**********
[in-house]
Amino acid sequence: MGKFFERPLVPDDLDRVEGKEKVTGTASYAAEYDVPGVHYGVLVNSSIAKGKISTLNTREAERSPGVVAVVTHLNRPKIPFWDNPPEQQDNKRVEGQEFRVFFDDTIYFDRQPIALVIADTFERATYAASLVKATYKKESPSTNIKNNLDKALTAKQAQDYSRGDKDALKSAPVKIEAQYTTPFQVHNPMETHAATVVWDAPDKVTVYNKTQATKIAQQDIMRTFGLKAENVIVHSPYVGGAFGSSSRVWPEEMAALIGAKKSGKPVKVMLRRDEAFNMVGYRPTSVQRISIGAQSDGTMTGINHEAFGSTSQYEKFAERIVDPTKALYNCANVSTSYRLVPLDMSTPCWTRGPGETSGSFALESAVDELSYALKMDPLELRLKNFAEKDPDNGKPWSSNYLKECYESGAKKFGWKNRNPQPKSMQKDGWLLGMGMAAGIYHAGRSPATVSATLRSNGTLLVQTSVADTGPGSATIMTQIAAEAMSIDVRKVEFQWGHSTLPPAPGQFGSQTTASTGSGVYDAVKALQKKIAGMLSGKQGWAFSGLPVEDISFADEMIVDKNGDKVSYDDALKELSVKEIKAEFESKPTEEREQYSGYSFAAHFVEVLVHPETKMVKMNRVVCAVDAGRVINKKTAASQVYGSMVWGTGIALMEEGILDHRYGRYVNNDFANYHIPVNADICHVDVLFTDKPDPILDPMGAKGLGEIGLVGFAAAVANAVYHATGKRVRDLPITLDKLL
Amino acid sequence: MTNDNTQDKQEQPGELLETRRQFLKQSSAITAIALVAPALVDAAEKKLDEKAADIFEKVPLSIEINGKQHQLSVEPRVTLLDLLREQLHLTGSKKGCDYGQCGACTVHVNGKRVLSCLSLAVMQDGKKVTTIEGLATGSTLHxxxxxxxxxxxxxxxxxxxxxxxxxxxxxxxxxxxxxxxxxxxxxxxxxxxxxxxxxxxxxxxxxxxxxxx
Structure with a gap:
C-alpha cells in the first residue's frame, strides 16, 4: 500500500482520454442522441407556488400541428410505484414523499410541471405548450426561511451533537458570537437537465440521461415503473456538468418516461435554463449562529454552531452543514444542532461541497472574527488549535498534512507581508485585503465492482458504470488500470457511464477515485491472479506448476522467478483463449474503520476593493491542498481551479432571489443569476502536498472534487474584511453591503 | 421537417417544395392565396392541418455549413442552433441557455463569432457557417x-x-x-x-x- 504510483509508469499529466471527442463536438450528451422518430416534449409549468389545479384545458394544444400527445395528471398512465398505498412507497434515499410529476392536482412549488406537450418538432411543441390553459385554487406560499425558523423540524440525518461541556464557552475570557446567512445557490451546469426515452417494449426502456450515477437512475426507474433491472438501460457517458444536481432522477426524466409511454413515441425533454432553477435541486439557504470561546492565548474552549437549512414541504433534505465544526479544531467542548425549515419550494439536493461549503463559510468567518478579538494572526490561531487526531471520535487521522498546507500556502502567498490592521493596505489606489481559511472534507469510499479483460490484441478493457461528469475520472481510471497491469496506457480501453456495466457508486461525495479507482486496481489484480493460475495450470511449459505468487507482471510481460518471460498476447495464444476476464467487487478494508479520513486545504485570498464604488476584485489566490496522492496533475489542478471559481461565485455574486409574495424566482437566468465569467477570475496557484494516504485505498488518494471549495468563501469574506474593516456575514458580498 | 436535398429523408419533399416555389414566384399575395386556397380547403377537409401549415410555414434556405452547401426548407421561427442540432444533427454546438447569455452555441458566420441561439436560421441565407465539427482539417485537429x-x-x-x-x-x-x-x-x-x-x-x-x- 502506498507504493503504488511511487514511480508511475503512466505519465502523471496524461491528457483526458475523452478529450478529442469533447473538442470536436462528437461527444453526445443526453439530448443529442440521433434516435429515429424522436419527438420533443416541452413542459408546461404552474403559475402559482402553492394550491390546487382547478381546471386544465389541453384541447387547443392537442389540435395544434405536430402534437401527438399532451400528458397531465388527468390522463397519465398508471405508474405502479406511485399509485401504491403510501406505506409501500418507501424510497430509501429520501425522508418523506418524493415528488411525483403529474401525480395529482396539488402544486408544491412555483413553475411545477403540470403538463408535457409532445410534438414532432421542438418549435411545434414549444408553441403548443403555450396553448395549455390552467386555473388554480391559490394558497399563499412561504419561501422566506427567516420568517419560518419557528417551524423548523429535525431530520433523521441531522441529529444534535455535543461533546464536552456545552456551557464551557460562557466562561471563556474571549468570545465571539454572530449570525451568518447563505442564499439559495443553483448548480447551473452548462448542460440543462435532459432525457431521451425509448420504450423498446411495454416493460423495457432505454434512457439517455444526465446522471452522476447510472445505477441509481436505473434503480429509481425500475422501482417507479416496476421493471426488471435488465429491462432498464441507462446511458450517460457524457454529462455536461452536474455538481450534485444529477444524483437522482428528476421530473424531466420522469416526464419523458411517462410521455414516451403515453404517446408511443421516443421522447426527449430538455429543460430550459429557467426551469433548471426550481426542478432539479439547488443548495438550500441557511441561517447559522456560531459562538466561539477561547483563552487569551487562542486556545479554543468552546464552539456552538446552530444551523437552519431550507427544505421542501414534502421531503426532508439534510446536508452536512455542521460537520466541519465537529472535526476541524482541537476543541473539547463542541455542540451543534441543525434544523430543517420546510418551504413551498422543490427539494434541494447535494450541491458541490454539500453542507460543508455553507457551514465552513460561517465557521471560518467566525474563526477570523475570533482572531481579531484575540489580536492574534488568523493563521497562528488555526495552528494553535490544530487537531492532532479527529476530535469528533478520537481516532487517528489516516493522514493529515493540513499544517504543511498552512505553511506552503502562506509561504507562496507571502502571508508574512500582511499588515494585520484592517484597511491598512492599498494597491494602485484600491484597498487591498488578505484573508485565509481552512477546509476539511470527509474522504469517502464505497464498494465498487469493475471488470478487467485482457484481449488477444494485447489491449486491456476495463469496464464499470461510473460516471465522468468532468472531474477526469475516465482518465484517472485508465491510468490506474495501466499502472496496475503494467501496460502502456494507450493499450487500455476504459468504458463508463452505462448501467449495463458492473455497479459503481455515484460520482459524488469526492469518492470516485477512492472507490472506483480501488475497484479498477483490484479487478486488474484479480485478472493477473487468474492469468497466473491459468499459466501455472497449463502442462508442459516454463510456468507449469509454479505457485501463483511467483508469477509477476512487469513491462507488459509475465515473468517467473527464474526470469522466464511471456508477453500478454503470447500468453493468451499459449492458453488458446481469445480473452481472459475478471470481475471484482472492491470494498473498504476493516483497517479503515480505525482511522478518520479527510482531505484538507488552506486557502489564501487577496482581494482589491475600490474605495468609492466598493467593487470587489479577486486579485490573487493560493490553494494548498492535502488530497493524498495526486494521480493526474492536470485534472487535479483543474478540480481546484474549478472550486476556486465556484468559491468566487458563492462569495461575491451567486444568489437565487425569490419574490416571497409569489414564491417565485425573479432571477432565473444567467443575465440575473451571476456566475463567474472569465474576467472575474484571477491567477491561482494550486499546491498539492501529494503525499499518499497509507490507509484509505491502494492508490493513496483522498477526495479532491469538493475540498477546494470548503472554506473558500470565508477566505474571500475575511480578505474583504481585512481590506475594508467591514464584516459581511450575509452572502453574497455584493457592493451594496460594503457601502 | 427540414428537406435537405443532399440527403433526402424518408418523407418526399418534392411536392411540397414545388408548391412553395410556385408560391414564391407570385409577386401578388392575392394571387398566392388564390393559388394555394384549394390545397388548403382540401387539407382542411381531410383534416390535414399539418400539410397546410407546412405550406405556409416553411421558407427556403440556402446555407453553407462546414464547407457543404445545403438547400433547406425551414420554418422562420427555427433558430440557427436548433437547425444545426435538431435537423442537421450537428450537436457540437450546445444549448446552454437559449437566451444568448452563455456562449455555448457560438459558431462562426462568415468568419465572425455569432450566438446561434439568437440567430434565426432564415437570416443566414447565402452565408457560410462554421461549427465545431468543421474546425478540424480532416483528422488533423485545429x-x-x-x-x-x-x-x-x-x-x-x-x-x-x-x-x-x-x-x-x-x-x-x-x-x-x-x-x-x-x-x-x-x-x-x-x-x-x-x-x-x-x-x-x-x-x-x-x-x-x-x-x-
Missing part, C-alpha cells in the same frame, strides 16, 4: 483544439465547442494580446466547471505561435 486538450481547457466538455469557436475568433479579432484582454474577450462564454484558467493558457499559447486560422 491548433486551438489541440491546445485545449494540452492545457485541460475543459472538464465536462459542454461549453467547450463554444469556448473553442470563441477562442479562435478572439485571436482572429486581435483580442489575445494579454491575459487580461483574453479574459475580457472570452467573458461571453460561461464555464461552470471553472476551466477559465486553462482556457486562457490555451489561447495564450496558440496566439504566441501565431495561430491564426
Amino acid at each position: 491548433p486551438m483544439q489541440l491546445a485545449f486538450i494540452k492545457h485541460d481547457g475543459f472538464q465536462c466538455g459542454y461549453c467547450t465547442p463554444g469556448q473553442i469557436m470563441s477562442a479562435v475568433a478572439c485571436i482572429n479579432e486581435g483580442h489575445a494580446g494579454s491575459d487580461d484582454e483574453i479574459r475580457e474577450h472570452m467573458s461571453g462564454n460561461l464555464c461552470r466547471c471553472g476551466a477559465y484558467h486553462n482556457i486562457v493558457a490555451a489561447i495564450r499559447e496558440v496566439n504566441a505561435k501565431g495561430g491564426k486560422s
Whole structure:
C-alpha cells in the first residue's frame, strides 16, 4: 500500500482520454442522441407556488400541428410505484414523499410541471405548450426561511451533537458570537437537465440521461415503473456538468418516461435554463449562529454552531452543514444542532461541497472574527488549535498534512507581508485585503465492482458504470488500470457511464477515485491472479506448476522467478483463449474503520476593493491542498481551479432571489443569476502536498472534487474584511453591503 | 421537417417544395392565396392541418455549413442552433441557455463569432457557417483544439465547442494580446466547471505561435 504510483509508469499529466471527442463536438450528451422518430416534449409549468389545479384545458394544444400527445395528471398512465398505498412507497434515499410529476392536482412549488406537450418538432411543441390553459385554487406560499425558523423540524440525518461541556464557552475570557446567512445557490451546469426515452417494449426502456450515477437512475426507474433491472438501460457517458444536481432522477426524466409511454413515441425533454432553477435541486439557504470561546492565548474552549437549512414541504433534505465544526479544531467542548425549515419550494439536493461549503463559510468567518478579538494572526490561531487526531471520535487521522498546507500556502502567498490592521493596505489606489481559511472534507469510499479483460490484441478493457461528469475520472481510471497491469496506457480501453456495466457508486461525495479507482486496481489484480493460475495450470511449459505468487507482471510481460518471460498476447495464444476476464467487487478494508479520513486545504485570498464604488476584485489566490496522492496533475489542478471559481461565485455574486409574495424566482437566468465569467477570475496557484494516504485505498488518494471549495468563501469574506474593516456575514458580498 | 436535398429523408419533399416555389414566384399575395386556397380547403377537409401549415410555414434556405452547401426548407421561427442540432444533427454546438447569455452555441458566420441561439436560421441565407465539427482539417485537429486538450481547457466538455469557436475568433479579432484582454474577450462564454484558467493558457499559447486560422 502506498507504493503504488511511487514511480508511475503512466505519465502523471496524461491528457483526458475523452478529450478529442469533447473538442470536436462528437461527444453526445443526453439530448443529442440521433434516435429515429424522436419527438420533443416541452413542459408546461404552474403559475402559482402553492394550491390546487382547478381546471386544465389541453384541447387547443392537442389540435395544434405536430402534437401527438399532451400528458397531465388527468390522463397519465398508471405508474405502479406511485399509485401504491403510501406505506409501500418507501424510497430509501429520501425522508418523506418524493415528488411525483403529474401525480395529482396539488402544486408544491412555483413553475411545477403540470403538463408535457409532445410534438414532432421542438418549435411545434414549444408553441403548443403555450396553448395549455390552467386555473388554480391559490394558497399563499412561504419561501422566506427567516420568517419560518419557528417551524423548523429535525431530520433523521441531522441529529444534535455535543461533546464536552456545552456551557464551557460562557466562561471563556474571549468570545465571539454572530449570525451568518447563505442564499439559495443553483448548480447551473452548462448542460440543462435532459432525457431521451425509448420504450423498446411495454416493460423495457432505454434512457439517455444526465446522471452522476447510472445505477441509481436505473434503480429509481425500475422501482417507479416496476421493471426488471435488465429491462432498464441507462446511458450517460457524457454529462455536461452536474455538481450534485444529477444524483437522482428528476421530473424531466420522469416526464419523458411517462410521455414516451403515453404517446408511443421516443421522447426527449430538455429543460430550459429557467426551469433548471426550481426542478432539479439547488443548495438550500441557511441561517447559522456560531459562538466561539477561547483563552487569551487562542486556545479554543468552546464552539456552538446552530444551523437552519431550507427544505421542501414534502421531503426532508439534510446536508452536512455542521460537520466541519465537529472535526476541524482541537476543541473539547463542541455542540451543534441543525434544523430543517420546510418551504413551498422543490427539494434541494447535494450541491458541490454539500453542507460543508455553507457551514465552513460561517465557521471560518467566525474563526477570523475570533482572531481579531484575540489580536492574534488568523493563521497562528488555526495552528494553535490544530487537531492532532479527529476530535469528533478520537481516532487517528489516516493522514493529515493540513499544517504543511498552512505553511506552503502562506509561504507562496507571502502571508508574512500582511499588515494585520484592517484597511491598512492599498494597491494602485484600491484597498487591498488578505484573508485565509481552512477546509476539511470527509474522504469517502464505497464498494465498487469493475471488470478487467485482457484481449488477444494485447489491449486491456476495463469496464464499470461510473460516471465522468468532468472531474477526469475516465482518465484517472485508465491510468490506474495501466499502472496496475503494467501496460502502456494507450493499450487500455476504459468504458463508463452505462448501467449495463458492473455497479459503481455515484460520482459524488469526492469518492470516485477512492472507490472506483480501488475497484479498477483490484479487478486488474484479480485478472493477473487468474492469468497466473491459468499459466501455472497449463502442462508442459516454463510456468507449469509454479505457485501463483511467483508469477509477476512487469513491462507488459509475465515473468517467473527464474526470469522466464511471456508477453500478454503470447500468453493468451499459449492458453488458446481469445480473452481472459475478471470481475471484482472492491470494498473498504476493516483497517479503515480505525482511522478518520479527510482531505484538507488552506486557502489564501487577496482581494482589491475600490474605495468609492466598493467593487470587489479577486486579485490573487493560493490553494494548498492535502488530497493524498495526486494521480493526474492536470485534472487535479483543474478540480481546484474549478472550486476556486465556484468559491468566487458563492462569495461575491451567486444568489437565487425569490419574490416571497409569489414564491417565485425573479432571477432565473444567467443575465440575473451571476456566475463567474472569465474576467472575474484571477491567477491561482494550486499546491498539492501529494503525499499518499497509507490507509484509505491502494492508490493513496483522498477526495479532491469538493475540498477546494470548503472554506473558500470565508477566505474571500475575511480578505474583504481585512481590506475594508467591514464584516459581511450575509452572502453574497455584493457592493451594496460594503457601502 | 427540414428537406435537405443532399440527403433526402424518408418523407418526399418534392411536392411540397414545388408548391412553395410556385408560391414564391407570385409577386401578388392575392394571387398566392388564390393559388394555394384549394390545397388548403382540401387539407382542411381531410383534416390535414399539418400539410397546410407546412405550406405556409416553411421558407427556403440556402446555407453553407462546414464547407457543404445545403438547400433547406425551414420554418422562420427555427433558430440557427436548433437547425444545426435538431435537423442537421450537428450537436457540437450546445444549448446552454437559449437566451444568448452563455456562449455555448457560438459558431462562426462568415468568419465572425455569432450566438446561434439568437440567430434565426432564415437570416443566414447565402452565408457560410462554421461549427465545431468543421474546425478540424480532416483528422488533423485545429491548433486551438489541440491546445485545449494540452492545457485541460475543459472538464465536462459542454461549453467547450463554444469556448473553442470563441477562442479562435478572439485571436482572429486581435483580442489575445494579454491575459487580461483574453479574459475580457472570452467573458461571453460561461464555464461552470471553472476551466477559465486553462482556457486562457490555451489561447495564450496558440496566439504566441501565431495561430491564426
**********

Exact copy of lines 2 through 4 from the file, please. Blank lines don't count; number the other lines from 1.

Amino acid sequence: MGKFFERPLVPDDLDRVEGKEKVTGTASYAAEYDVPGVHYGVLVNSSIAKGKISTLNTREAERSPGVVAVVTHLNRPKIPFWDNPPEQQDNKRVEGQEFRVFFDDTIYFDRQPIALVIADTFERATYAASLVKATYKKESPSTNIKNNLDKALTAKQAQDYSRGDKDALKSAPVKIEAQYTTPFQVHNPMETHAATVVWDAPDKVTVYNKTQATKIAQQDIMRTFGLKAENVIVHSPYVGGAFGSSSRVWPEEMAALIGAKKSGKPVKVMLRRDEAFNMVGYRPTSVQRISIGAQSDGTMTGINHEAFGSTSQYEKFAERIVDPTKALYNCANVSTSYRLVPLDMSTPCWTRGPGETSGSFALESAVDELSYALKMDPLELRLKNFAEKDPDNGKPWSSNYLKECYESGAKKFGWKNRNPQPKSMQKDGWLLGMGMAAGIYHAGRSPATVSATLRSNGTLLVQTSVADTGPGSATIMTQIAAEAMSIDVRKVEFQWGHSTLPPAPGQFGSQTTASTGSGVYDAVKALQKKIAGMLSGKQGWAFSGLPVEDISFADEMIVDKNGDKVSYDDALKELSVKEIKAEFESKPTEEREQYSGYSFAAHFVEVLVHPETKMVKMNRVVCAVDAGRVINKKTAASQVYGSMVWGTGIALMEEGILDHRYGRYVNNDFANYHIPVNADICHVDVLFTDKPDPILDPMGAKGLGEIGLVGFAAAVANAVYHATGKRVRDLPITLDKLL
Amino acid sequence: MTNDNTQDKQEQPGELLETRRQFLKQSSAITAIALVAPALVDAAEKKLDEKAADIFEKVPLSIEINGKQHQLSVEPRVTLLDLLREQLHLTGSKKGCDYGQCGACTVHVNGKRVLSCLSLAVMQDGKKVTTIEGLATGSTLHxxxxxxxxxxxxxxxxxxxxxxxxxxxxxxxxxxxxxxxxxxxxxxxxxxxxxxxxxxxxxxxxxxxxxxx
Structure with a gap: